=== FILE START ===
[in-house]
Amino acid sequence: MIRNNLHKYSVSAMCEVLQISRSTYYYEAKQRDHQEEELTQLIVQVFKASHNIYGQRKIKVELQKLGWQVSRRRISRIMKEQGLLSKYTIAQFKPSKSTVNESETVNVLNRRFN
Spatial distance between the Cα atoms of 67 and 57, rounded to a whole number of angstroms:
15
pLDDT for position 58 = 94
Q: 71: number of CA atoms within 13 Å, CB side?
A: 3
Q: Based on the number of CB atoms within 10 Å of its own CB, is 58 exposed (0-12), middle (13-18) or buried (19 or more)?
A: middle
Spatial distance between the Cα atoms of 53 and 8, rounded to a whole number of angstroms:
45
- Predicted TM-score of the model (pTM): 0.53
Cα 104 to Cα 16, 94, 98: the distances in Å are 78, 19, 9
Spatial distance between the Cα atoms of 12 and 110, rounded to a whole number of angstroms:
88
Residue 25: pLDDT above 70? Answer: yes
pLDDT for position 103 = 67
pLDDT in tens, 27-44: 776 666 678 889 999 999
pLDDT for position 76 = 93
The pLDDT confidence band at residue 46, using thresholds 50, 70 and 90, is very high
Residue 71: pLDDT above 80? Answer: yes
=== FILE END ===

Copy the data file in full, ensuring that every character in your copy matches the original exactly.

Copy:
[in-house]
Amino acid sequence: MIRNNLHKYSVSAMCEVLQISRSTYYYEAKQRDHQEEELTQLIVQVFKASHNIYGQRKIKVELQKLGWQVSRRRISRIMKEQGLLSKYTIAQFKPSKSTVNESETVNVLNRRFN
Spatial distance between the Cα atoms of 67 and 57, rounded to a whole number of angstroms:
15
pLDDT for position 58 = 94
Q: 71: number of CA atoms within 13 Å, CB side?
A: 3
Q: Based on the number of CB atoms within 10 Å of its own CB, is 58 exposed (0-12), middle (13-18) or buried (19 or more)?
A: middle
Spatial distance between the Cα atoms of 53 and 8, rounded to a whole number of angstroms:
45
- Predicted TM-score of the model (pTM): 0.53
Cα 104 to Cα 16, 94, 98: the distances in Å are 78, 19, 9
Spatial distance between the Cα atoms of 12 and 110, rounded to a whole number of angstroms:
88
Residue 25: pLDDT above 70? Answer: yes
pLDDT for position 103 = 67
pLDDT in tens, 27-44: 776 666 678 889 999 999
pLDDT for position 76 = 93
The pLDDT confidence band at residue 46, using thresholds 50, 70 and 90, is very high
Residue 71: pLDDT above 80? Answer: yes